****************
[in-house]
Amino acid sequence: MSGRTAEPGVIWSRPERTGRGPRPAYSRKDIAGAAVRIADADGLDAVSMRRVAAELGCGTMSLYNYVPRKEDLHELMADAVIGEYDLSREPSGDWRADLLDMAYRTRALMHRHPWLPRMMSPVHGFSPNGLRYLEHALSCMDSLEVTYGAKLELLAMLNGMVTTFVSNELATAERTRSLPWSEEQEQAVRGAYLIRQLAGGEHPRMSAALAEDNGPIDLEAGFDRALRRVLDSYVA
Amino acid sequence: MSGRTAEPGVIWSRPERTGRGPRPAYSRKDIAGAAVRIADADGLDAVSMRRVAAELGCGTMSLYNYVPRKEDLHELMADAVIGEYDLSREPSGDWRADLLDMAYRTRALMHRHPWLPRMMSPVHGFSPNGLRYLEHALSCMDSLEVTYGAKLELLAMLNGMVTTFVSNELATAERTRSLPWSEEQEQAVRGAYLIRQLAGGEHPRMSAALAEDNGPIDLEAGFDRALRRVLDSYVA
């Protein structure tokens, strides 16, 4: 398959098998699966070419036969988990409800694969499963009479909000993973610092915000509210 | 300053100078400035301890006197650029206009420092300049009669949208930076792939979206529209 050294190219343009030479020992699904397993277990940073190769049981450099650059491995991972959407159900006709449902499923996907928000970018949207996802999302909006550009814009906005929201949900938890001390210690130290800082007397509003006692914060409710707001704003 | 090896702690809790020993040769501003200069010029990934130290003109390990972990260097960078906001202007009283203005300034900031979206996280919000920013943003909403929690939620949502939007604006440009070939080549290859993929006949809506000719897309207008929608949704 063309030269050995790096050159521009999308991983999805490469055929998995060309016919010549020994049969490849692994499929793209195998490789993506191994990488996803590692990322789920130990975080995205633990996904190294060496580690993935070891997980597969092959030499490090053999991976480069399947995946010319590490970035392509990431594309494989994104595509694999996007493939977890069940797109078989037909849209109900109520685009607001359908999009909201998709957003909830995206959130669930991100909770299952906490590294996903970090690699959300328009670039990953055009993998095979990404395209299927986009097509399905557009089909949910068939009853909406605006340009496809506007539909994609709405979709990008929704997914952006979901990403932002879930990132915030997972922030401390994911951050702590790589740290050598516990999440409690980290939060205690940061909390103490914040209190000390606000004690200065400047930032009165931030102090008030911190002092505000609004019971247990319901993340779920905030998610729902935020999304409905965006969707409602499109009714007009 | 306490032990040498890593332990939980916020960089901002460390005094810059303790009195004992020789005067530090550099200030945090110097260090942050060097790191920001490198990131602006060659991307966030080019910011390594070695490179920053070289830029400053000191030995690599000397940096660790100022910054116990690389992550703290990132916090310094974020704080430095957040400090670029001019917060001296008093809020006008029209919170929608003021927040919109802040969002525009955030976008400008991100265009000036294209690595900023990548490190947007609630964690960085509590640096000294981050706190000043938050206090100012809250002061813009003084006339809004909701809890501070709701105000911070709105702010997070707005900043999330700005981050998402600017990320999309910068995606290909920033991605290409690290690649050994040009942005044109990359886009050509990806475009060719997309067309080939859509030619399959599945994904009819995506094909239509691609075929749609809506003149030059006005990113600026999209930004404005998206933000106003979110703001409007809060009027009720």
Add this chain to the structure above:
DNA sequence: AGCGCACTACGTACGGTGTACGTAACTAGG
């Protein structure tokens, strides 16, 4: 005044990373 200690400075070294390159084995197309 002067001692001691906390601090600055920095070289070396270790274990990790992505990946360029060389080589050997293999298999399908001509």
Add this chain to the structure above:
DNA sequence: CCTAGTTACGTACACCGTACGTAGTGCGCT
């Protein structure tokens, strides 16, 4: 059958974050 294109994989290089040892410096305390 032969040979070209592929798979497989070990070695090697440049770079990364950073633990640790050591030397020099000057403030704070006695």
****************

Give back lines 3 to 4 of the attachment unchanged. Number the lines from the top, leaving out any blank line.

Amino acid sequence: MSGRTAEPGVIWSRPERTGRGPRPAYSRKDIAGAAVRIADADGLDAVSMRRVAAELGCGTMSLYNYVPRKEDLHELMADAVIGEYDLSREPSGDWRADLLDMAYRTRALMHRHPWLPRMMSPVHGFSPNGLRYLEHALSCMDSLEVTYGAKLELLAMLNGMVTTFVSNELATAERTRSLPWSEEQEQAVRGAYLIRQLAGGEHPRMSAALAEDNGPIDLEAGFDRALRRVLDSYVA
């Protein structure tokens, strides 16, 4: 398959098998699966070419036969988990409800694969499963009479909000993973610092915000509210 | 300053100078400035301890006197650029206009420092300049009669949208930076792939979206529209 050294190219343009030479020992699904397993277990940073190769049981450099650059491995991972959407159900006709449902499923996907928000970018949207996802999302909006550009814009906005929201949900938890001390210690130290800082007397509003006692914060409710707001704003 | 090896702690809790020993040769501003200069010029990934130290003109390990972990260097960078906001202007009283203005300034900031979206996280919000920013943003909403929690939620949502939007604006440009070939080549290859993929006949809506000719897309207008929608949704 063309030269050995790096050159521009999308991983999805490469055929998995060309016919010549020994049969490849692994499929793209195998490789993506191994990488996803590692990322789920130990975080995205633990996904190294060496580690993935070891997980597969092959030499490090053999991976480069399947995946010319590490970035392509990431594309494989994104595509694999996007493939977890069940797109078989037909849209109900109520685009607001359908999009909201998709957003909830995206959130669930991100909770299952906490590294996903970090690699959300328009670039990953055009993998095979990404395209299927986009097509399905557009089909949910068939009853909406605006340009496809506007539909994609709405979709990008929704997914952006979901990403932002879930990132915030997972922030401390994911951050702590790589740290050598516990999440409690980290939060205690940061909390103490914040209190000390606000004690200065400047930032009165931030102090008030911190002092505000609004019971247990319901993340779920905030998610729902935020999304409905965006969707409602499109009714007009 | 306490032990040498890593332990939980916020960089901002460390005094810059303790009195004992020789005067530090550099200030945090110097260090942050060097790191920001490198990131602006060659991307966030080019910011390594070695490179920053070289830029400053000191030995690599000397940096660790100022910054116990690389992550703290990132916090310094974020704080430095957040400090670029001019917060001296008093809020006008029209919170929608003021927040919109802040969002525009955030976008400008991100265009000036294209690595900023990548490190947007609630964690960085509590640096000294981050706190000043938050206090100012809250002061813009003084006339809004909701809890501070709701105000911070709105702010997070707005900043999330700005981050998402600017990320999309910068995606290909920033991605290409690290690649050994040009942005044109990359886009050509990806475009060719997309067309080939859509030619399959599945994904009819995506094909239509691609075929749609809506003149030059006005990113600026999209930004404005998206933000106003979110703001409007809060009027009720």